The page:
LIKE THEIR ATLANTIC LABELMATE, Sugar Ray have been watching their album sales decline since the turn of the millennium ó which could be why they too have just released the most commercial single of their career. "Itís so easy/Itís so right/Itís so easy/To rock it all night," sings frontman Mark McGrath on "Mr. Bartender (Itís So Easy)," a frisky club jam that draws its mojo from Pinkís "Get the Party Started." Thatís not the only groove the band hijack for inspiration: the track also borrows the guitar riff from Sweetís "Love Is like Oxygen" and the chorus from Midnight Starís "No Parking (On the Dance Floor)." Itís an irresistible pop cocktail that hits McGrath when he needs it the most: "Mr. Bartender, Mr. DJ/Make me feel good I got fired today/Donít want to be at home alone tonight." Bay Area MC ProHoeZak stops by to cheer him up with a hedonistic rap cameo thatís accompanied by a freewheeling piano jam.

Sugar Rayís megapop move is less surprising than Jewelís: their name has been synonymous with summer fun for years. Written off as alternative-rock also-rans after the commercial failure of their 1995 debut, Lemonade and Brownies (all five of their albums are on Atlantic), they struck gold by turning down their guitars and writing what became one of the most enduring party anthems of the 1990s, "Fly." That song was the centerpiece of their second album, Floored, which began their fruitful relationship with Sublime producer David Kahne. At the time, "Fly" was an aberration: McGrath almost quit the band in disgust over the track, and they kept the pedal to the metal on the rest of the disc.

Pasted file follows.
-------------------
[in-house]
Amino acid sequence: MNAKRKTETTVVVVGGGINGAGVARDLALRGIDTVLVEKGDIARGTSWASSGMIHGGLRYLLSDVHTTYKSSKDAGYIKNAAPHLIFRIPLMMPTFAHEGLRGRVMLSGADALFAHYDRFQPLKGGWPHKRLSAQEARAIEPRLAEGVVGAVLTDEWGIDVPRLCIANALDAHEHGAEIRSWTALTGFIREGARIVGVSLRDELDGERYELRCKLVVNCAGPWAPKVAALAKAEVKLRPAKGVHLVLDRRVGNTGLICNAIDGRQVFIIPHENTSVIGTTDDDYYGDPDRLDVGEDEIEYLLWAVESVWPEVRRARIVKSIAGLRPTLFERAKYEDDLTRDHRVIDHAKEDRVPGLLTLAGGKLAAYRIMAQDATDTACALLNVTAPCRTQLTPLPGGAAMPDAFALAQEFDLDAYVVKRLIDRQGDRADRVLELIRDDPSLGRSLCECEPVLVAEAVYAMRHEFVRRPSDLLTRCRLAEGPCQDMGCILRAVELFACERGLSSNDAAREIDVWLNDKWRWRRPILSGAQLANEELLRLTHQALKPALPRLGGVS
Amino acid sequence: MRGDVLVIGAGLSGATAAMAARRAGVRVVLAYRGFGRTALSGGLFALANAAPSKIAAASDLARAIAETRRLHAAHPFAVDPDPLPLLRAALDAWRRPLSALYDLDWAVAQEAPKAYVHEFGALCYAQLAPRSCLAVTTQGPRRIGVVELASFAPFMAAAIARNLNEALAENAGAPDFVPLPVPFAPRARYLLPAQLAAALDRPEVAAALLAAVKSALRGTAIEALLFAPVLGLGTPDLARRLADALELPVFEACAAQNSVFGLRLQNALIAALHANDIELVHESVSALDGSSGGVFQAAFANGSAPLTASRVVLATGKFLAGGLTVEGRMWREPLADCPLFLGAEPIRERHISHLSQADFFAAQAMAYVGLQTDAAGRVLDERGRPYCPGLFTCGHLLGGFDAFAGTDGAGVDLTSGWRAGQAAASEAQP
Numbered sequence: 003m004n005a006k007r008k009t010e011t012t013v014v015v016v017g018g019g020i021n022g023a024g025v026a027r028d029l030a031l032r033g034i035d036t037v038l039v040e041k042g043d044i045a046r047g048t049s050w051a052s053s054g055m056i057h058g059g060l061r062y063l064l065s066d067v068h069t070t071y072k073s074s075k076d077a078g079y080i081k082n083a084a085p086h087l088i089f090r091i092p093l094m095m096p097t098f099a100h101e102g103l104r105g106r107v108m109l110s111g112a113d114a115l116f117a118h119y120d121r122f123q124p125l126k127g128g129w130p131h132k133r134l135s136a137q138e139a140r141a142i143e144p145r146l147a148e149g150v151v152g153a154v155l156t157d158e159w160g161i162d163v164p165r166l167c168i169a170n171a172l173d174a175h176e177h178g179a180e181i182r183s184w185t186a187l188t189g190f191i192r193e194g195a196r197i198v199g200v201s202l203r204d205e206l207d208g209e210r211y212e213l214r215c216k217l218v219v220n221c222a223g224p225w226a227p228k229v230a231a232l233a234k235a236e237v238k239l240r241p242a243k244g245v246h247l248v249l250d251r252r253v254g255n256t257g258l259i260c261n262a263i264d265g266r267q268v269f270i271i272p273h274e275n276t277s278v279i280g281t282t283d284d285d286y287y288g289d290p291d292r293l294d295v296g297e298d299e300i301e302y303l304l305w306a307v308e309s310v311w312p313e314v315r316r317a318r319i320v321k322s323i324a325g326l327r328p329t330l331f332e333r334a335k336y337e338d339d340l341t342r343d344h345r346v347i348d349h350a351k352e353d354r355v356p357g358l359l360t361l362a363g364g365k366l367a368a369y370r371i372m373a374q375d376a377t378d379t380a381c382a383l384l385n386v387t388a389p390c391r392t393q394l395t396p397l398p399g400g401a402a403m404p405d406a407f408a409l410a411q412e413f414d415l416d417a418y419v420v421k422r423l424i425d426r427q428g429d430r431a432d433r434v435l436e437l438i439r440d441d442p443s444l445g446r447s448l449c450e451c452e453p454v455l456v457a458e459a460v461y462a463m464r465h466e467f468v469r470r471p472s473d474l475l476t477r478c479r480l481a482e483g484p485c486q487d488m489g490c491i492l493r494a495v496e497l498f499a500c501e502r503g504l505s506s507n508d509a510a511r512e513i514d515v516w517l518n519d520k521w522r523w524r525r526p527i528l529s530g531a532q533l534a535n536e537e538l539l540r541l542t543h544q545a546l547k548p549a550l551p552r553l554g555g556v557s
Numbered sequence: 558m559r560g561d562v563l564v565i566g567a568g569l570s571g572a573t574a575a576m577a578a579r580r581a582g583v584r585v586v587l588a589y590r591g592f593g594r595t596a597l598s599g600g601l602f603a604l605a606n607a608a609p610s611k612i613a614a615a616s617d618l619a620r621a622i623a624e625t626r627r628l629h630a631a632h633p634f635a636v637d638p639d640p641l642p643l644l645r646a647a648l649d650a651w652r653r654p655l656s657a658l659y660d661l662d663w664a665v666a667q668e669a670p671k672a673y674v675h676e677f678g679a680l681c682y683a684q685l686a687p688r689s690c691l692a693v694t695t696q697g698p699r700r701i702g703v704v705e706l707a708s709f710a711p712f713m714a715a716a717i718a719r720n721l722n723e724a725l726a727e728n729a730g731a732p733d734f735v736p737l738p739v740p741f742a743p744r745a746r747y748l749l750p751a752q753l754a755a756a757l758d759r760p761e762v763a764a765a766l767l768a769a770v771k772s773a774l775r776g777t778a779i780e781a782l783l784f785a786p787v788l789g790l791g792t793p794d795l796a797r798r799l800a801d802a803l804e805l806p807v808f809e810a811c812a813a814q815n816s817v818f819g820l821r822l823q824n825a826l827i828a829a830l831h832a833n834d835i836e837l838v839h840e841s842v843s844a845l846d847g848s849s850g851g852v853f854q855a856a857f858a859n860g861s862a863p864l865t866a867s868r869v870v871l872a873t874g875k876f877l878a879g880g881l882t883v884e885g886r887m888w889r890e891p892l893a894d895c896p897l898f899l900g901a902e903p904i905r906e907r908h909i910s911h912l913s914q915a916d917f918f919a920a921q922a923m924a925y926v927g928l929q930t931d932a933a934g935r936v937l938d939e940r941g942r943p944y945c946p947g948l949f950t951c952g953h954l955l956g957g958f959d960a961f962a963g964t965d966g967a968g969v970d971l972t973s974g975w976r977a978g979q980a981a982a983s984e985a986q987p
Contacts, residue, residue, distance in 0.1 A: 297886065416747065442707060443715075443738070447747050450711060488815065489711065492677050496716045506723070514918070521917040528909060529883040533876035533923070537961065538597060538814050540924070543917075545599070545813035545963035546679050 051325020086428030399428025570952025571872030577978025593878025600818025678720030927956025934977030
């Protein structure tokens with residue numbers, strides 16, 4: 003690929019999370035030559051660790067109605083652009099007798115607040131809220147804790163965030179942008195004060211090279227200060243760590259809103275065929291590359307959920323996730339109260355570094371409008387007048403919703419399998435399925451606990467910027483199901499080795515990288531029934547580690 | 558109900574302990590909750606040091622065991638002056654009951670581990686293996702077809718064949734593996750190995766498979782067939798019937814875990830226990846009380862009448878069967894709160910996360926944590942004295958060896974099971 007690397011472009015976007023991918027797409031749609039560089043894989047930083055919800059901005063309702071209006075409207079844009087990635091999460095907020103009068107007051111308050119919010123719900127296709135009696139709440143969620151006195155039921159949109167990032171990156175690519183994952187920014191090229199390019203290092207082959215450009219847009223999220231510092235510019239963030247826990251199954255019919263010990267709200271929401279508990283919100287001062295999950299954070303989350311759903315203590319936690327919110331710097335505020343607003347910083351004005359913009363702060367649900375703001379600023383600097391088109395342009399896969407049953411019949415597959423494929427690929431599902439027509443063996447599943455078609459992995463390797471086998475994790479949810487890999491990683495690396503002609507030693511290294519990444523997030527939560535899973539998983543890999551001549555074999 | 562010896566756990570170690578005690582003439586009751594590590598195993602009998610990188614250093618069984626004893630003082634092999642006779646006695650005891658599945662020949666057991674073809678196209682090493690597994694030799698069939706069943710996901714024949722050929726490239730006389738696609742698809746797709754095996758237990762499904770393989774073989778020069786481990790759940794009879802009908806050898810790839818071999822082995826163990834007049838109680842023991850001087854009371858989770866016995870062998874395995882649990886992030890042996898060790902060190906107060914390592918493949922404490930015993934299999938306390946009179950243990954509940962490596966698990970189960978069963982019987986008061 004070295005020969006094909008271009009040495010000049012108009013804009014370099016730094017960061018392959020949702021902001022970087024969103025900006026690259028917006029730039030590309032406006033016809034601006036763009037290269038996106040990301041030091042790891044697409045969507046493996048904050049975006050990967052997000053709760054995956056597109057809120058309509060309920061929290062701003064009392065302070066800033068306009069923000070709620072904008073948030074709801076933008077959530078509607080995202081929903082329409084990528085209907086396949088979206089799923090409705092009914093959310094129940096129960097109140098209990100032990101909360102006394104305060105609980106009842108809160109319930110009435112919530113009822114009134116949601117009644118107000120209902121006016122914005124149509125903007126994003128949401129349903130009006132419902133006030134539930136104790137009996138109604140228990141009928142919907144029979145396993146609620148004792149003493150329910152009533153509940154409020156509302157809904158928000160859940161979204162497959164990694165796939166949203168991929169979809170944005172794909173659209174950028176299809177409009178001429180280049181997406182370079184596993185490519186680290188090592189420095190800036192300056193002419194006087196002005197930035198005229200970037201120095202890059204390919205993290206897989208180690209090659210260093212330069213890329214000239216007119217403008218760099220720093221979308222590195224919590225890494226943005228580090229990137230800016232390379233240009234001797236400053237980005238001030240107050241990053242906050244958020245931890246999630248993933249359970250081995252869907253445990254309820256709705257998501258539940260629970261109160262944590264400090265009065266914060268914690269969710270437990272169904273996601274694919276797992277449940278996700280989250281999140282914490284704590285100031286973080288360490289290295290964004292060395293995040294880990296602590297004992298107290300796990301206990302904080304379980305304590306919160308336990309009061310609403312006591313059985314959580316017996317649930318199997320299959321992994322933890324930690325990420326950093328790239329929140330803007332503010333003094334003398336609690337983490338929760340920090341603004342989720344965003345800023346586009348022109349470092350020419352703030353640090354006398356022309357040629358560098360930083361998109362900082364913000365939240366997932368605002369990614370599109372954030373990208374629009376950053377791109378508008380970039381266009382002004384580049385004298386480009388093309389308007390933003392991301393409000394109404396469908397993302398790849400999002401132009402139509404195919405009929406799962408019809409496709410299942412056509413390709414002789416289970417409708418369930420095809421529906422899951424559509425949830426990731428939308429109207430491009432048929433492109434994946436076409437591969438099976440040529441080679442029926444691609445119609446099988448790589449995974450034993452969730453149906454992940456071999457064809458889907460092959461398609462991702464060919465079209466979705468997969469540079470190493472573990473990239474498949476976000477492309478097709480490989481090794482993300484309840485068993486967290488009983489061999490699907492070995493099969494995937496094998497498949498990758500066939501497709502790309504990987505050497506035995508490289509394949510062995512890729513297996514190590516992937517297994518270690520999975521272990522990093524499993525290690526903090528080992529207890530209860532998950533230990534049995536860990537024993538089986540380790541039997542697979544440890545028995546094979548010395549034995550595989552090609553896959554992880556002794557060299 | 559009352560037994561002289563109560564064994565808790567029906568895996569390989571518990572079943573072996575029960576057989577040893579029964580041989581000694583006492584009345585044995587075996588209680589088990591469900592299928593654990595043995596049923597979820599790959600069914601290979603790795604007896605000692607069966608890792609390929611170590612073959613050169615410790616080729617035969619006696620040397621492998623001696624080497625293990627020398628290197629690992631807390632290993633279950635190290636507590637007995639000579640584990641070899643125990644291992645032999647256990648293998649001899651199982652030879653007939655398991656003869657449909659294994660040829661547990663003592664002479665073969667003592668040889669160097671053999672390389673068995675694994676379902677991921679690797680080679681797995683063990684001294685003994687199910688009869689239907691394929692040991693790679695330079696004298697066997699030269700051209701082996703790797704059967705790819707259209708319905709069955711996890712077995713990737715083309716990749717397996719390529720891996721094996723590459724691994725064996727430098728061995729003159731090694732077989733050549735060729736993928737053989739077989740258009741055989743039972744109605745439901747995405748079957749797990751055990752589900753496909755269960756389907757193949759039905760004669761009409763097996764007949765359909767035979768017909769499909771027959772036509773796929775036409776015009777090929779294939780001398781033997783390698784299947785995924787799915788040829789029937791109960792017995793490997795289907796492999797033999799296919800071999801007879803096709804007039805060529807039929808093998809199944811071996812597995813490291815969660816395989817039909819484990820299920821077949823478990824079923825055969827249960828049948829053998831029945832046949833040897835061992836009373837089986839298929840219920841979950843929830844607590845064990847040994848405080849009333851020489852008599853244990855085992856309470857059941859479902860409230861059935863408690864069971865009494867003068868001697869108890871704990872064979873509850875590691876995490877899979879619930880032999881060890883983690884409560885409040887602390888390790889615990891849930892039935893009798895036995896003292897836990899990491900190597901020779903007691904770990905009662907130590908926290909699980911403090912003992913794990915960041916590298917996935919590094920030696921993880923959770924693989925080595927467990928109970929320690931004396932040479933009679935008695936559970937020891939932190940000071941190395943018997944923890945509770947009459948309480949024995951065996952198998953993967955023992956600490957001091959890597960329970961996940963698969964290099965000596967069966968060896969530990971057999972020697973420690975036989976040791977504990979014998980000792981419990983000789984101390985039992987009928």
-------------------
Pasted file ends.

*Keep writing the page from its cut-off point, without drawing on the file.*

But Sugar Ray realized they were onto something in time for the making of 14:59, which played up their sunny pop side and became their biggest hit. The singles "Every Morning" and "Someday" were fun and not entirely brainless, and McGrathís good looks made the band an MTV favorite. They replaced Kahne with Linkin Park producer Don Gilmore but changed little else on Sugar Ray, which came out in 2001 and didnít sell nearly as well as its predecessors.

Kahne is back on In the Pursuit of Leisure, which despite its flashy lead single couldnít get further than #29 on the Billboard albums chart the week it was released. Sugar Ray may be yesterdayís news, but they still know how to make a great summer pop album. On the opening "Chasiní You Around," Kahne and the band set a winsome chorus and their favorite Brian Wilson production tricks to a stomping hip-hop beat. Guitarist Rodney Sheppard wrote the song about his young son, but McGrath sings it in typical lovelorn fashion: "Iíve spent all my time chasiní you around/Itís that way now, I found out for sure." The most ambitious track is "Heaven," a harmony-laden beachfront daydream with guest vocals by Canadian pop thrush Esthero.

New-wave junkies that they are, the band are a natural fit for the Joe Jackson classic "Is She Really Going Out with Him?", which they perform as a reverent cover with a little turntable scratching thrown in for good measure. "Mr. Bartender (Itís So Easy)" is the only full-blown electronic track; on the good-time standouts "Canít Start" and "Whatever We Are," their party mode of choice is a "Fly"-style island breeze. McGrath is in trouble with the old lady again on "In Through the Doggie Door," the one song where the group let their SoCal punk roots show. But megapop is their niche these days, and it suits them well ó regardless of what the pop charts say.

Issue Date: June 27 - July 3, 2003